What can we expect from your concert show?
I'll be doing songs I'm known for, such as "Bring Him Home" and "Music of the Night" and some Broadway stuff, like "Some Enchanted Evening". I sing maybe 60-70% musical theatre, and then mix in some rock 'n' roll and Irish stuff. There'll be some Beatles, Leonard Cohen, John Lennon, Johnny Cash - it's a mixed bag of stuff. The concert is all about people enjoying themselves, clapping their hands, having a good time. I want it to be very informal. I'll do requests as well; it's going to be an interactive show.
Any songs that are your personal favourites?
People expect me to say "Bring Him Home", but I've been singing that for a long time now. A new song, "She's Leaving Home", is beautiful, though that's not to take anything away from the other stuff. For me, good songs are always good, and depending on the night and the way you sing them they can be better. It changes; I can hear a new song and fall in love with it or hear someone else singing it and fall in love with it. I don't sing a song unless it moves me emotionally.
How will it feel to be back in the West End?
I've been back for the anniversaries of Phantom and Les Miserables, but I've never done my own show here before, which is unusual for me. It's a challenge but I'm really looking forward to it and I hope other people are too.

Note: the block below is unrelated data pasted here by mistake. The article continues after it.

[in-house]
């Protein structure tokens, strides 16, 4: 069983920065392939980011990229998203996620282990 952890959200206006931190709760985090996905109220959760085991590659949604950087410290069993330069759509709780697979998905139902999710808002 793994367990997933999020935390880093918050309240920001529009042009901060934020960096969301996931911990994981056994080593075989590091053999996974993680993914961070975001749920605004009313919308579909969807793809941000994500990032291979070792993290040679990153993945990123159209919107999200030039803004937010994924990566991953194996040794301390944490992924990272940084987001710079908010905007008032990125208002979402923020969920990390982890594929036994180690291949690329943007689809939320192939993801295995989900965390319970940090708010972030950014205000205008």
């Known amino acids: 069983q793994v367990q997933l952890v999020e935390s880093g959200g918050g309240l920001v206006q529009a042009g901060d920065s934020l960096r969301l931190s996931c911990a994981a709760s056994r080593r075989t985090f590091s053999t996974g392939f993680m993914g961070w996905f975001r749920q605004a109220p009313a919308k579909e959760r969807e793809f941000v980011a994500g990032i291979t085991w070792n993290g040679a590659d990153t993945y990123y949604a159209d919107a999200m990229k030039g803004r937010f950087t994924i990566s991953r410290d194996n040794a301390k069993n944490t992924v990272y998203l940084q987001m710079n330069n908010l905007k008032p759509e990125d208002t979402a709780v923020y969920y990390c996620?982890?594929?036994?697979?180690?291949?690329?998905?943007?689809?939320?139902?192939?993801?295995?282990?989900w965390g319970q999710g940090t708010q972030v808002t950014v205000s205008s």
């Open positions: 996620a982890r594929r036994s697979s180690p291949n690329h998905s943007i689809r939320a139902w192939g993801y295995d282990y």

Do you find that you attract a range of ages?
Ever since Cameron Mackintosh let out the amateur rights for Les Miserables, we've had a second generation of people following that musical. I get young people in their teens who are doing it at school up to people in their 60s and 70s who went to see the original production. There is a huge span of ages in the audience which is great for me. I get emails from kids all the time asking how to sing "Bring Him Home" or "Music of the Night".
And I suppose the Les Mis movie has opened it up even more?
Absolutely. I was very surprised when I was in Hollywood for the premiere by the number of people who knew Les Miserables and remember me as the original Valjean. I met people like Daniel Day-Lewis who, not to blow my own trumpet, was delighted to meet me. Even Sally Fields has the album at home and plays it all the time.
Was it strange playing the role of the Bishop in the film opposite Jean Valjean?